PARSIPPANY – Not to be outdone by other political chieftains who went street level this week with state Sen./Mayor Brian P. Stack, Senate Majority Leader Steve Sweeney (D-Gloucester) gave his blessing to a new community pool in Union City before coming here to GOP gubernatorial candidate Chris Christie's home territory and exhorting Democrats to take the fight to the enemy.
Sweeney's move came just days after Christie improbably walked on New York Avenue with Stack as part of a voter outreach effort in an overwhelmingly Democratic legislative district.
Countering Christie's intrusion into Democratic territory, "We're fighting on Republican turf," Sweeney told a crowd of about 60 Morris County Democrats, some of whom – Diane Weeks of Mendham Twp., for example – describe themselves as Christie's neighbors in this leafy, heavily Republican county.
"This election will be won in the suburban areas – that's where the battle is going to be," said Sweeney, speaking at a picnic in a park next to Lake Parsippany.
A labor pal of Morris County Democratic Committee Chairman Lew Candura's going back 12 years now to his earliest, county level campaigns, Sweeney (who also serves as Gloucester County freeholder director) used his own story as a whiplash on the tables of mostly beleaguered-looking local troops, whose last year's passions for Barack Obama have become this year's dread for the chances of a Democratic incumbent who in mid-summer limps behind Christie by double digits.
Sweeney as a Gloucester County ally of South Jersey Democratic Party leader George Norcross remembers when Republicans controlled 17 of the county's 24 towns, a ratio his party flipped during the iron worker turned politician's time in office.
"It's now 19 towns controlled by Democrats to five for Republicans," Sweeney told the Morris Democrats. "Gloucester County was a Republican county for 300 years. We changed that. It's hand-to-hand combat. It's door-to-door. Now, you know, Jon Corzine is dealing with an economy that wasn't his. But he's on the frontline dealing with this difficult economy. The federal economic recovery program is based on what Corzine did for the state, and by the way, Jon Corzine, never raided the unemployment fund, and he's made sure the vulnerable are well-protected. Disabled. Seniors. My daughter's got Down's syndrome, I feel this personally."
There were some hand claps.
"The polls show organized labor is 60% in Jon Corzine's favor, but I'm telling you right now – organized labor will be 90% in Jon Corzine's favor," added Sweeney, who in an interview praised the Corzine campaign's decision to use veteran consultant Jamie Fox.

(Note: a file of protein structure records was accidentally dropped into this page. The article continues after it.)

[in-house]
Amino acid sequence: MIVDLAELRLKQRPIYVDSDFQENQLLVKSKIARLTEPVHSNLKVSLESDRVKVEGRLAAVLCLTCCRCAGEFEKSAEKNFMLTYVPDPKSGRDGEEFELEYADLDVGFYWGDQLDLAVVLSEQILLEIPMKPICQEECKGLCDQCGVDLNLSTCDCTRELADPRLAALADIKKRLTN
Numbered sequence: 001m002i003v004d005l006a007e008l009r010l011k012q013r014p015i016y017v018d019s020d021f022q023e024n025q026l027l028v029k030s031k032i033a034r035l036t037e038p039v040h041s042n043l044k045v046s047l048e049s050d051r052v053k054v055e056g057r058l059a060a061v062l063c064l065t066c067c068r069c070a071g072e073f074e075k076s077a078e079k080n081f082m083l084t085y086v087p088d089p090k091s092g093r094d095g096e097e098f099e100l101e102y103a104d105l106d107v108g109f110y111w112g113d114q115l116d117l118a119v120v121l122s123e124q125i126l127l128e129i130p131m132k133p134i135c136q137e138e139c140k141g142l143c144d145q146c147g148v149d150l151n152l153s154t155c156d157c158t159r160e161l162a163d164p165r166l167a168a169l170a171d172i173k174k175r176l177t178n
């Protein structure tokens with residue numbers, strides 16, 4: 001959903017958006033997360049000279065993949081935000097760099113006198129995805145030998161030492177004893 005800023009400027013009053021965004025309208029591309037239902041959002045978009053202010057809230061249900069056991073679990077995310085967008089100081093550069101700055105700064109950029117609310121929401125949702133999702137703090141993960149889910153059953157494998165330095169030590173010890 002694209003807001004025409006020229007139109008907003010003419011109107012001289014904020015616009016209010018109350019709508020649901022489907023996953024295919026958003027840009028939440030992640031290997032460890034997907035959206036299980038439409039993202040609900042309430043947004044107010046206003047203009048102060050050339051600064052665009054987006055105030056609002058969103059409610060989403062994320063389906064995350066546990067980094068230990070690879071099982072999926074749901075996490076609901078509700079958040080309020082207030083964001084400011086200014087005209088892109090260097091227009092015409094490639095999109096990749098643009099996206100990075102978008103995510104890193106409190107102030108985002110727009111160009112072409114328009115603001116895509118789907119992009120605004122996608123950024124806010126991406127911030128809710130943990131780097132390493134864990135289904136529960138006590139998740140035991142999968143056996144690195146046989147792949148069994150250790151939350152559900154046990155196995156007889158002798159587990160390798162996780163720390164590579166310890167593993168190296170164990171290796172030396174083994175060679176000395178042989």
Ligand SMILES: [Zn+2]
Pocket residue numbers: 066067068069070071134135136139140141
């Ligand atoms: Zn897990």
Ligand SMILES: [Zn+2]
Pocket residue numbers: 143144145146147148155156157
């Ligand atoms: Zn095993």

"I think it's helpful," Sweeney told PolitickerNJ.com. "To this point, I see the campaign spending a lot of money but I don't see any real focus. I understand they need to go after Chris. But they also need to talk about things Jon Corzine did. He's not been an unproductive governor."
Sweeney made his remarks following a speech delivered by U.S. Rep. Bill Pascrell (D-Paterson).
Notwithstanding Sweeney's identification with Stack – "We're both street guys, and we're both dual office holders; I point to him and tell people, 'That's what a dual office holder can do for a small community'" – the earlier leg of the Senate Majority Leader's northern swing today carried the smack down implications of his ongoing leadership rivalry with Senate President Richard Codey (D-Roseland).
Codey on Tuesday walked with Stack as part of National Night Out, moments after Gov. Corzine walked with the mayor/state senator, who earlier the same evening walked with Christie.
Today was Sweeney's turn to stand on stage with Stack, overlooking Manhattan, where more than 1,000 people turned out for rides, free hot dogs and a dip in the new, state-funded pool.
"I was proud to be there for him," said Sweeney. "You know, you have caretakers. And then you have people like Brian Stack who have the vision to see old buildings or an unused area and turn it all into a wonderful
Both Codey and Sweeney are trying to muster support for the senate presidency, and Stack, who' hasn't officially endorsed anyone for governor, just as officially hasn't endorsed anyone to lead the senate.
Sweeney today told PolitickerNJ.com that if he challenges Codey he will not try to get to 21 votes by trying to build a coalition with Republicans beyond his own caucus.
He said he needs a majority of Democrats. Period.
"I would not do it without majority Democrat support," Sweeney said.
There are other factors – the future of South Jersey-based Assembly Speaker Joe Roberts (D-Camden), for example. If Roberts retires and a northern assembly person makes a move for Roberts's vacated seat, Sweeney has the added incentive of going after the northern-based Codey in the name of geographic fairness.
"I get along well with Dick Codey," Sweeney said. "But Dick's had 12 years in leadership – Senate Minority leader, and then Senate President. You know, it used to be four years and you move on."
The Candura personal connection went deeper, it seemed, than Sweeney's desire to strategically feel out candidates who might challenge state Sen. Anthony Bucco (R-Boonton) or Sen. Joseph Pennacchio (R-Montville) in 2011.
Afterthe senator'sspeech to the rank and file, bereft of a senator since the last decade ouster of Gordon MacInnes, Candura bucked up the crowd when he said, "Let's have a motion to adopt Sen. Sweeney as our county senator. All in favor?"
"It's unanimous," the chairman announced.